My, Look at ARM’s Healthy Sales
As if you needed another indicator about how much the old Wintel world of PCs has flipped in the last couple of years, take a look at the earnings results of the British chip designer ARM, which just reported quarterly earnings this morning.
Sales rose by 29 percent year on year to north of 170 million pounds (or $260 million), which was better than expected. Earnings on a per-share basis were five pence versus the expected four pence, amounting to a beat of a penny per share. Its shares are rising by 9 percent both in the U.K. and on the Nasdaq in the U.S.
ARM, you’ll recall, is the company behind the designs that go into building the chips that land in most smartphones and tablets. Rather than make the chips, ARM licenses its blueprints to companies like Qualcomm, Broadcom and Nvidia, which then make their own chips. And since phones and tablets are growing a lot faster than traditional PCs (come to think of it, PCs actually aren’t growing at all), ARM is looking a lot healthier than traditional chip companies like Intel and Advanced Micro Devices. Here’s a pretty good indicator: Royalty payments for processors rose in the quarter by 33 percent versus a processor industry that’s up about 2 percent.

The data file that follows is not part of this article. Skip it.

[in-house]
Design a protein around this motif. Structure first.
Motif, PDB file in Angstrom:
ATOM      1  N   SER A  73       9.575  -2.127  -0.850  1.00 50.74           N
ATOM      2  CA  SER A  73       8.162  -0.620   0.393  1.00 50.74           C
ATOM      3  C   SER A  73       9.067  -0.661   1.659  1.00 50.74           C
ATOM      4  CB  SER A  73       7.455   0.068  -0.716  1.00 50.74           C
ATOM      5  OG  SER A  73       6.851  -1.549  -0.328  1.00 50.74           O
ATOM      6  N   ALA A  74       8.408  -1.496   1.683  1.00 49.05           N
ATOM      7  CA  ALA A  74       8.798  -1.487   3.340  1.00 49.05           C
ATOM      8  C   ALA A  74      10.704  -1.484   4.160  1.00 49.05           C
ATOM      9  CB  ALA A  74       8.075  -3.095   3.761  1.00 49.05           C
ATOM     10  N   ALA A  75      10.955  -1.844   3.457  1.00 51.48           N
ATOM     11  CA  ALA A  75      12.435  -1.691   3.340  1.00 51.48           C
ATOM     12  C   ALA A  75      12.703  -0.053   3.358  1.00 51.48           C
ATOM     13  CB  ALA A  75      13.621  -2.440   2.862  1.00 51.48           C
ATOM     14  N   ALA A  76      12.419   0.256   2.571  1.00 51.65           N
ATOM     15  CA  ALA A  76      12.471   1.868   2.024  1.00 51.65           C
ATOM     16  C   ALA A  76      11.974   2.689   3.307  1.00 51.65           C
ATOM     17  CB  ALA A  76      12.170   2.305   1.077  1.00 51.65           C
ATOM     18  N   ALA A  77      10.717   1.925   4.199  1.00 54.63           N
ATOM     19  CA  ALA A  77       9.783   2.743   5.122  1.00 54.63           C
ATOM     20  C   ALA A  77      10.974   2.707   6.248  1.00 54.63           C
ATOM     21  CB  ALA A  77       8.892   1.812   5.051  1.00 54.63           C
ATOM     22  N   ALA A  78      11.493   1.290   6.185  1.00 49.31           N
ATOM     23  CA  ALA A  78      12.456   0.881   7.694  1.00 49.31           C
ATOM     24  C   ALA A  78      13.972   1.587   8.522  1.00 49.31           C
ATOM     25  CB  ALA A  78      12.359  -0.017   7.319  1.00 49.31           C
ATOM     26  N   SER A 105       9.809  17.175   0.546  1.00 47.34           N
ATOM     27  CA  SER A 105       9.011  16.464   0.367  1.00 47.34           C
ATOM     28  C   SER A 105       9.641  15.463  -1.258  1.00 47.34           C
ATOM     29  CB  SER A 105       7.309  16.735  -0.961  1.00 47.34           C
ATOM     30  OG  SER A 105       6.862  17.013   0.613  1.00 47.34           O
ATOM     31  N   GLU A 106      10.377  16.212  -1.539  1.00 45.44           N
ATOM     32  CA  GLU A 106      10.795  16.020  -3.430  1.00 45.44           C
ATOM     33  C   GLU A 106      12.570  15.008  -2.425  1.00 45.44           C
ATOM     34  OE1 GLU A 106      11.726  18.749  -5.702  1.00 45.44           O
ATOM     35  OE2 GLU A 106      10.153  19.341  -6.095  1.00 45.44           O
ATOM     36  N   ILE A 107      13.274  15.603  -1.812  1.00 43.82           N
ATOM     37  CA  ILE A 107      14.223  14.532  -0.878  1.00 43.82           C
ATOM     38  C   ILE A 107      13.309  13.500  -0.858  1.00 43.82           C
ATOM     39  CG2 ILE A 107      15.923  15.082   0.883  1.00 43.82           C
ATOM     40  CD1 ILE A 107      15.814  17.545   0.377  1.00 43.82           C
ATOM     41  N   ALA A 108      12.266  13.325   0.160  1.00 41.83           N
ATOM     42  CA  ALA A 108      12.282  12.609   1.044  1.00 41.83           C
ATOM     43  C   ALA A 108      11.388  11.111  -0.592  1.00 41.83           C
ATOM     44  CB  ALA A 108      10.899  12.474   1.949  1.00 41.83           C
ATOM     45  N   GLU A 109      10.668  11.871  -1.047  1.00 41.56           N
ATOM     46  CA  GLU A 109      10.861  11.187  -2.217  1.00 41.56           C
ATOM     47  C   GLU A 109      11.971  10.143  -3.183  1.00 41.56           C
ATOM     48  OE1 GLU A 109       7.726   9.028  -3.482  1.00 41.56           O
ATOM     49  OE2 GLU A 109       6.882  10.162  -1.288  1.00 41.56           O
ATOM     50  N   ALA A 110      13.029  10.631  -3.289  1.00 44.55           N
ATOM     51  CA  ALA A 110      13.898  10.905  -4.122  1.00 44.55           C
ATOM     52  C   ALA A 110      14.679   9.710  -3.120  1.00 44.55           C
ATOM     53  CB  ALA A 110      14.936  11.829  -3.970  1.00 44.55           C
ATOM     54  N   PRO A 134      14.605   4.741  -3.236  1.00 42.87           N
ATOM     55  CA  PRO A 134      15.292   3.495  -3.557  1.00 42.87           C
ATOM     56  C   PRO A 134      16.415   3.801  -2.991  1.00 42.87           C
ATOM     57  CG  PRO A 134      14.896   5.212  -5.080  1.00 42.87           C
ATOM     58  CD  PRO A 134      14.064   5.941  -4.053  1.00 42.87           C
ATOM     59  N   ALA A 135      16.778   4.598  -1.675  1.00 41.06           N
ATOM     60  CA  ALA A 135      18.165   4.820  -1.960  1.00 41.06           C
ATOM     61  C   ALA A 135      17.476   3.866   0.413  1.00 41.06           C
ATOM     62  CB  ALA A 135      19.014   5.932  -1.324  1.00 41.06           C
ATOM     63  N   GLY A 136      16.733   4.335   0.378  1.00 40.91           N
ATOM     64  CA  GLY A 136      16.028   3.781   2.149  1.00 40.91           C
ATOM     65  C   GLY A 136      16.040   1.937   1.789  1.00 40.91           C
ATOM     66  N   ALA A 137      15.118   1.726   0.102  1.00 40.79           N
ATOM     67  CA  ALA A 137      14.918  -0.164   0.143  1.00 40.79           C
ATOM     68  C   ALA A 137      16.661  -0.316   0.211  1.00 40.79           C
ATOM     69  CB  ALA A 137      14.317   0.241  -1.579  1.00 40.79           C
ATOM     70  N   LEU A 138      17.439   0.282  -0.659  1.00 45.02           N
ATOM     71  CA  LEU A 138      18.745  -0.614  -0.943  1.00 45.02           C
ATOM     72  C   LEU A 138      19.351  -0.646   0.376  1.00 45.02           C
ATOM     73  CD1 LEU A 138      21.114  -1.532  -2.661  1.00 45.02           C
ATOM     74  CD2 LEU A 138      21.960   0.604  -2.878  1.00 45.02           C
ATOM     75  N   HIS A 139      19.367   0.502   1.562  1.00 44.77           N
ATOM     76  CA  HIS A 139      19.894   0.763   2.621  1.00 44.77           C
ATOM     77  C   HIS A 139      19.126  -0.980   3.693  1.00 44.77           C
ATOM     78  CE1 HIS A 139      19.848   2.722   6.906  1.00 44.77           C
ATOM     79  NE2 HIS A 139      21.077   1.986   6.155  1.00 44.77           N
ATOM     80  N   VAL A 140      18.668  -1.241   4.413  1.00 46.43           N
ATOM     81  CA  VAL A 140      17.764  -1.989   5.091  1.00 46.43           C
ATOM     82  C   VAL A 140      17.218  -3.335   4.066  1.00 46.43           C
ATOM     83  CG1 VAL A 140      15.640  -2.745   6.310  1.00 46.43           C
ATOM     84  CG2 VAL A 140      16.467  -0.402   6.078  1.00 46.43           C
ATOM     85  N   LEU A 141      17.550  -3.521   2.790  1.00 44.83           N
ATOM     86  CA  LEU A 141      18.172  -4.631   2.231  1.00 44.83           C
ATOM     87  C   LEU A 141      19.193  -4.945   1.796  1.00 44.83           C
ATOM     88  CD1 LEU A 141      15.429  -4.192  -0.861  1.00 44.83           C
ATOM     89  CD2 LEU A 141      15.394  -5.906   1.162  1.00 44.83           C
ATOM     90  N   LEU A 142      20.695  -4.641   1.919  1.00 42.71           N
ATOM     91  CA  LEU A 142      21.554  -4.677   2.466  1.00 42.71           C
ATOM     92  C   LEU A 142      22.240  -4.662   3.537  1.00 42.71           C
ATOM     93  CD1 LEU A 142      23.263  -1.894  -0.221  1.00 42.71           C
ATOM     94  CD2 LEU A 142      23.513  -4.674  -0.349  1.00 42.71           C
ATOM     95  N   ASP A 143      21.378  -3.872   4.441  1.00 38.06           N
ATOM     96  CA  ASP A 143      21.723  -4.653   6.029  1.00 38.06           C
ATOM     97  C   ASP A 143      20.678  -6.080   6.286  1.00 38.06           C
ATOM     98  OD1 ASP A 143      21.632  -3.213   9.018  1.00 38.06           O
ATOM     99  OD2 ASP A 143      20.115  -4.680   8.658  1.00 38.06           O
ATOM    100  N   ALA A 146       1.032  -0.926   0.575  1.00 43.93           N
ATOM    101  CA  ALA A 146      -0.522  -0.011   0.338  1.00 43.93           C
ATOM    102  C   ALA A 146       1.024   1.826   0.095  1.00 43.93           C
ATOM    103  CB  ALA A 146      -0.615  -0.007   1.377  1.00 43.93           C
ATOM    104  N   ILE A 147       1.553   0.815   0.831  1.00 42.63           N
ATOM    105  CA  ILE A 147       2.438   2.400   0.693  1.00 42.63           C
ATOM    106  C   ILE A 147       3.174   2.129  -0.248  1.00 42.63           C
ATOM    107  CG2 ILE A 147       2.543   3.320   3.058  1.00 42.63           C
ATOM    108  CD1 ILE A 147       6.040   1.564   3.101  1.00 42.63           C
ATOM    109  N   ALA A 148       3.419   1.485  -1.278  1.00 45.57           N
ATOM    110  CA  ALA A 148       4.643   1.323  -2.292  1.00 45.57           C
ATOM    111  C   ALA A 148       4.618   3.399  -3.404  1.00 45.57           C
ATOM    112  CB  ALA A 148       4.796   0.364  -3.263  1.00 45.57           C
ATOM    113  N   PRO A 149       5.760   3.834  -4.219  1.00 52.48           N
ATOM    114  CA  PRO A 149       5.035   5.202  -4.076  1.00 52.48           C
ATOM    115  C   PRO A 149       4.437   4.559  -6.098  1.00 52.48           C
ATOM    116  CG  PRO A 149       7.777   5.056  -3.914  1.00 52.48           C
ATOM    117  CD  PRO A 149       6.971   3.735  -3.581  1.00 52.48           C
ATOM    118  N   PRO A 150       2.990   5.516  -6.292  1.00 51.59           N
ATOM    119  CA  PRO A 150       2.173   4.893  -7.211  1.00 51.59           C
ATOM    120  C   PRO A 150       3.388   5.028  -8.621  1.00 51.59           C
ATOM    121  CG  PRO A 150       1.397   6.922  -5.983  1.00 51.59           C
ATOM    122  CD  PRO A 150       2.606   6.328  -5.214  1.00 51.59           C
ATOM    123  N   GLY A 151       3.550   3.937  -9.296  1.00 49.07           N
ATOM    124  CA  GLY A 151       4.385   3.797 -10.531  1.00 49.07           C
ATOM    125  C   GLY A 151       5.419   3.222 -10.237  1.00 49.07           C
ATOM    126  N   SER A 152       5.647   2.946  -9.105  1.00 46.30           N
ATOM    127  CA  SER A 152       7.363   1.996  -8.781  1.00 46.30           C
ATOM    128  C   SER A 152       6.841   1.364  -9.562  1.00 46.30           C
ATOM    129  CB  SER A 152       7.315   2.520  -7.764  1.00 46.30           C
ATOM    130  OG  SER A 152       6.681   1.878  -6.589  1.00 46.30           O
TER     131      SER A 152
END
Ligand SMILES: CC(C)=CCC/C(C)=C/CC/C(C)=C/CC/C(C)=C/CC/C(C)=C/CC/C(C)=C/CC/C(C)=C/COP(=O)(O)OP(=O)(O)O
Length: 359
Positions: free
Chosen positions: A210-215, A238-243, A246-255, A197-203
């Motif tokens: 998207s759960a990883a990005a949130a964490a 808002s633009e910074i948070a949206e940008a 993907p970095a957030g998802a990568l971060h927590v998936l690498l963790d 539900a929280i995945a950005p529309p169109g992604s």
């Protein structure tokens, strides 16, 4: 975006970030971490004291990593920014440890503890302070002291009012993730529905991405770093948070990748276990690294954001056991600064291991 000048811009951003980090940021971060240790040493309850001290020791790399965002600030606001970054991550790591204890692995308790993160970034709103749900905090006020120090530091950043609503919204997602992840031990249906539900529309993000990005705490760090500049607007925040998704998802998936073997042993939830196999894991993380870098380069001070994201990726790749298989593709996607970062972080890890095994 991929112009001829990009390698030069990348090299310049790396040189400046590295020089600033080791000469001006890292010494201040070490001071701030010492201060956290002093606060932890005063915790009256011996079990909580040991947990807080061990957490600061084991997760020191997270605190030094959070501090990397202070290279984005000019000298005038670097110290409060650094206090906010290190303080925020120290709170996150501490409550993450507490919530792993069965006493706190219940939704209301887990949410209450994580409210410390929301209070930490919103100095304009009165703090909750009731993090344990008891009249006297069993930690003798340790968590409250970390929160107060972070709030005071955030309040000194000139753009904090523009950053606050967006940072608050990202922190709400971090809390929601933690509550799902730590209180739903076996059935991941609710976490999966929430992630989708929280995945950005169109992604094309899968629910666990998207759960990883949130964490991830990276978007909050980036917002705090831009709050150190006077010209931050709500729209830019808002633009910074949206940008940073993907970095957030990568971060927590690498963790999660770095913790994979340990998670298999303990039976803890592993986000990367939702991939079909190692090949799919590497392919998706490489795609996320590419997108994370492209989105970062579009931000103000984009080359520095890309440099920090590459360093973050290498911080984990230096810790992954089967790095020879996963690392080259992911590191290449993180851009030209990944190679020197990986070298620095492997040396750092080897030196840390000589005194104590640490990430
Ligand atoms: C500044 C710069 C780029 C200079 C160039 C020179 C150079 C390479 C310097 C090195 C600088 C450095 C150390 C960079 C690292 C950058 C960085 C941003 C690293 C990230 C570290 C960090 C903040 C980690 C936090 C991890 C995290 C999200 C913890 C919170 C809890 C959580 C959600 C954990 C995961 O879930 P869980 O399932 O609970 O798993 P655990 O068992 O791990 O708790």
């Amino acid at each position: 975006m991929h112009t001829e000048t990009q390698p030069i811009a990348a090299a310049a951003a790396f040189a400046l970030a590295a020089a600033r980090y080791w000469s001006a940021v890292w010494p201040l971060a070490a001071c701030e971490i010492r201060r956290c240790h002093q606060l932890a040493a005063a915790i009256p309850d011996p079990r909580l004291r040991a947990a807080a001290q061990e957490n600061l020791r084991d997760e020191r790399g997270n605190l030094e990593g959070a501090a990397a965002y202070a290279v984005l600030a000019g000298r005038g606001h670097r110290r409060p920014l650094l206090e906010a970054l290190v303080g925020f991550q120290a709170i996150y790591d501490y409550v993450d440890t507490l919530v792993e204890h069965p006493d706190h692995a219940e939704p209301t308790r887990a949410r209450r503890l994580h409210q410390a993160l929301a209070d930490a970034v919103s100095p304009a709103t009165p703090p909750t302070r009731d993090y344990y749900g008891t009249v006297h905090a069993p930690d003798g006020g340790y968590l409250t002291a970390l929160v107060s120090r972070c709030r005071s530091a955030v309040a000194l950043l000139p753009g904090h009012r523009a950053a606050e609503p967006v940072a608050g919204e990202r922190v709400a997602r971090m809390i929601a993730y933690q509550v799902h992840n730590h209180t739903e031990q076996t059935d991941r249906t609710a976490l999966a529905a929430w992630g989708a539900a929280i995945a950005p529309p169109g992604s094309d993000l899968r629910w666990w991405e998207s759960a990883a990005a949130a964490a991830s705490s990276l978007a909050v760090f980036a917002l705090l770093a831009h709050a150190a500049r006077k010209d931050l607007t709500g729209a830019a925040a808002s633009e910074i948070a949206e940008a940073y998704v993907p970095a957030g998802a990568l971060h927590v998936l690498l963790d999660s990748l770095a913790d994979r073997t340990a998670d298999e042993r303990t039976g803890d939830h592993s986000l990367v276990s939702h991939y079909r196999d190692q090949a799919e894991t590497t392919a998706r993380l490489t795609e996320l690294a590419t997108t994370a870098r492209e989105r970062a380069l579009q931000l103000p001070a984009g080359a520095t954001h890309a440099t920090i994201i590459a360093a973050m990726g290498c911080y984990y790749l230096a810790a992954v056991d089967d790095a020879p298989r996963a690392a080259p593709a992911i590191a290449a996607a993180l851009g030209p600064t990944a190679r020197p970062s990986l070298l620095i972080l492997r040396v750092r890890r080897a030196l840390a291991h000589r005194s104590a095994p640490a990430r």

ARM is quickly turning out to be the company to watch in the chip space. Chips sporting ARM designs are everywhere these days, and there has been a lot of chatter of late about them heading into the data center.
Hewlett-Packard offers ARM processors as an option on its radical new server design, called Project Moonshot. Dell offers ARM-based servers, too, and there are even more plans for ARM chips in servers. I talked with CEO Warren East about this last year. (East is retiring this summer, by the way, and Simon Segars will be ARM’s new CEO, starting in July.)
The basic argument that ARM makes coming in is that its chips are good at managing power consumption, in part because they were designed from the beginning for mobile applications. And power consumption continues to be a huge problem, especially in data centers where thousands of servers are crowded together in one place.
Intel, the king of the chip world, has responded and created its own line of low-power chips called Atom. And as we learned from Mike Bell, head of Intel’s mobile chip business at D: Dive Into Mobile last week, it has gotten off to a slow start but is starting to get a little traction in mobile.
Another version of Atom, announced the week before last, will also defend Intel’s interests in the server space. But keep an eye on this, because there’s eventually going to be a rumble.